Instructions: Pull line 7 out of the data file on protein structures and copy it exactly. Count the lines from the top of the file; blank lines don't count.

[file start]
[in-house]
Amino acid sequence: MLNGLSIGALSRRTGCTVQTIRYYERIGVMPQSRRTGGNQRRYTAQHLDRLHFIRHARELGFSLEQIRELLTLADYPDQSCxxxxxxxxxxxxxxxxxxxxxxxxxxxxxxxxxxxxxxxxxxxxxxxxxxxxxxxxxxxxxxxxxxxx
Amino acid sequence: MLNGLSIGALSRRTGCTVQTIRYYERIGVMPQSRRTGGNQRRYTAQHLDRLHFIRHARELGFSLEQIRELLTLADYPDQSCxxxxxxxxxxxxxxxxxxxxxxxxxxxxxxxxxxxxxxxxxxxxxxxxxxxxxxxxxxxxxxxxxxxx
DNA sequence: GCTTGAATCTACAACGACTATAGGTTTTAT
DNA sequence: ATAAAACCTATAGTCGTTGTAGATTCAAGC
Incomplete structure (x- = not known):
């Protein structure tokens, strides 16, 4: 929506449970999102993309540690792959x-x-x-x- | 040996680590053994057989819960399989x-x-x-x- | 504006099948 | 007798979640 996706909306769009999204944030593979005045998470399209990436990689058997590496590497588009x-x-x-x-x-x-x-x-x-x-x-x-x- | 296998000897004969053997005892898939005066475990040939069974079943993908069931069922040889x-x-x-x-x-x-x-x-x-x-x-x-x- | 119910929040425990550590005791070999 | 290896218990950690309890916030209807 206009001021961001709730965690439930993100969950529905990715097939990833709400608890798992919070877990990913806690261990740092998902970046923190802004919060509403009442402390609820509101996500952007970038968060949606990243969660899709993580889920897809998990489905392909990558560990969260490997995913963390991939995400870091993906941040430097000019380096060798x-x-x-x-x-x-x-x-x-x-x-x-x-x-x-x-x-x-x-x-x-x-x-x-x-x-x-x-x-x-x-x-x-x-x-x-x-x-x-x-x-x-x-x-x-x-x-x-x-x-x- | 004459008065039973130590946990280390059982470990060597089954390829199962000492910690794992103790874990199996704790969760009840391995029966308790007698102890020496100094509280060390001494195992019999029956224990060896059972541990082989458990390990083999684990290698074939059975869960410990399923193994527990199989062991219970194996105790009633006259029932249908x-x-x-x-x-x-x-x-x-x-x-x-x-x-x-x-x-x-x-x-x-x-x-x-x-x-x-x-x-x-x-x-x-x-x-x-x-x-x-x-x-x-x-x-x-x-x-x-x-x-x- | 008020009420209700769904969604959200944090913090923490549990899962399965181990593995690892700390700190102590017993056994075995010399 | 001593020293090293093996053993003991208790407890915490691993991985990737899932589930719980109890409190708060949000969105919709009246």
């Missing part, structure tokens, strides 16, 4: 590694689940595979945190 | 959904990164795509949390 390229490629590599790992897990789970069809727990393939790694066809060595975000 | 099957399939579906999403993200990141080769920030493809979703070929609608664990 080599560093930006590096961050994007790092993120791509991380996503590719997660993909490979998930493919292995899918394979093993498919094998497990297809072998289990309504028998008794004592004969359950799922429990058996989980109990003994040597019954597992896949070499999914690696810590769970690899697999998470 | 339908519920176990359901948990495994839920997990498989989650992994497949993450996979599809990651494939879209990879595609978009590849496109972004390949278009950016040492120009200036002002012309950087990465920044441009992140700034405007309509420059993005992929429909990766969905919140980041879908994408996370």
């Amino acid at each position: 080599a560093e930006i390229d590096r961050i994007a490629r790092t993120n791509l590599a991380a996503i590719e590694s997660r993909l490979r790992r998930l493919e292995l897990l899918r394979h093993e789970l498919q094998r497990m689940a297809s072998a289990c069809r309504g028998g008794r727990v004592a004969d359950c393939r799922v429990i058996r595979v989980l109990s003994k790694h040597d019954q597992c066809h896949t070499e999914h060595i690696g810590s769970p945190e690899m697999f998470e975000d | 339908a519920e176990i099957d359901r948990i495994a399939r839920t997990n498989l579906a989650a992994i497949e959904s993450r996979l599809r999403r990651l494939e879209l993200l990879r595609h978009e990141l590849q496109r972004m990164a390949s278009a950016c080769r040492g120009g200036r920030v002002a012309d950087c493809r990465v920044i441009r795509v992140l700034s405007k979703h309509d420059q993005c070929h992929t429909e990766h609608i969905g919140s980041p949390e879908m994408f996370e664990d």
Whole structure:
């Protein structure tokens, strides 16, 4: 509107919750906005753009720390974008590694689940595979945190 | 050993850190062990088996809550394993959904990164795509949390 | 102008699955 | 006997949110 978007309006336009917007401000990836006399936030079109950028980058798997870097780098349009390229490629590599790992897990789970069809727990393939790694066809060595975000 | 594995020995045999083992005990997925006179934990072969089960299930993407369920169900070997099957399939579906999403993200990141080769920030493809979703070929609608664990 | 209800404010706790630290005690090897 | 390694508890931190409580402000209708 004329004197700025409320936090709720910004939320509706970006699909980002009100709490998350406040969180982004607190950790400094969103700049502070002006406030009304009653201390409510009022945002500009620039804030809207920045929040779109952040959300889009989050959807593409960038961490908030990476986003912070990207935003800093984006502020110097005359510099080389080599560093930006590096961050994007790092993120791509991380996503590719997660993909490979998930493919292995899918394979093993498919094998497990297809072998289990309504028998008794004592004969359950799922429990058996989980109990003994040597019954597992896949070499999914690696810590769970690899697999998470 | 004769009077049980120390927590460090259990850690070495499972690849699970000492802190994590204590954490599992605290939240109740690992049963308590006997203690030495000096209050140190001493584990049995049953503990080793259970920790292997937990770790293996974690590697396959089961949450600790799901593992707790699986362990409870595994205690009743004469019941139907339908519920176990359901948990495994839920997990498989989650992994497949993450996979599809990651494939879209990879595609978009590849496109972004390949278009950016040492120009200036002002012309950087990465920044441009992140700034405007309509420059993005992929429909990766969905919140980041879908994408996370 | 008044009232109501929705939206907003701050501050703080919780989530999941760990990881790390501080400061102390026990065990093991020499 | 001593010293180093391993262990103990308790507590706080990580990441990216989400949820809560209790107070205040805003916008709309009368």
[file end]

């Protein structure tokens, strides 16, 4: 929506449970999102993309540690792959x-x-x-x- | 040996680590053994057989819960399989x-x-x-x- | 504006099948 | 007798979640 996706909306769009999204944030593979005045998470399209990436990689058997590496590497588009x-x-x-x-x-x-x-x-x-x-x-x-x- | 296998000897004969053997005892898939005066475990040939069974079943993908069931069922040889x-x-x-x-x-x-x-x-x-x-x-x-x- | 119910929040425990550590005791070999 | 290896218990950690309890916030209807 206009001021961001709730965690439930993100969950529905990715097939990833709400608890798992919070877990990913806690261990740092998902970046923190802004919060509403009442402390609820509101996500952007970038968060949606990243969660899709993580889920897809998990489905392909990558560990969260490997995913963390991939995400870091993906941040430097000019380096060798x-x-x-x-x-x-x-x-x-x-x-x-x-x-x-x-x-x-x-x-x-x-x-x-x-x-x-x-x-x-x-x-x-x-x-x-x-x-x-x-x-x-x-x-x-x-x-x-x-x-x- | 004459008065039973130590946990280390059982470990060597089954390829199962000492910690794992103790874990199996704790969760009840391995029966308790007698102890020496100094509280060390001494195992019999029956224990060896059972541990082989458990390990083999684990290698074939059975869960410990399923193994527990199989062991219970194996105790009633006259029932249908x-x-x-x-x-x-x-x-x-x-x-x-x-x-x-x-x-x-x-x-x-x-x-x-x-x-x-x-x-x-x-x-x-x-x-x-x-x-x-x-x-x-x-x-x-x-x-x-x-x-x- | 008020009420209700769904969604959200944090913090923490549990899962399965181990593995690892700390700190102590017993056994075995010399 | 001593020293090293093996053993003991208790407890915490691993991985990737899932589930719980109890409190708060949000969105919709009246």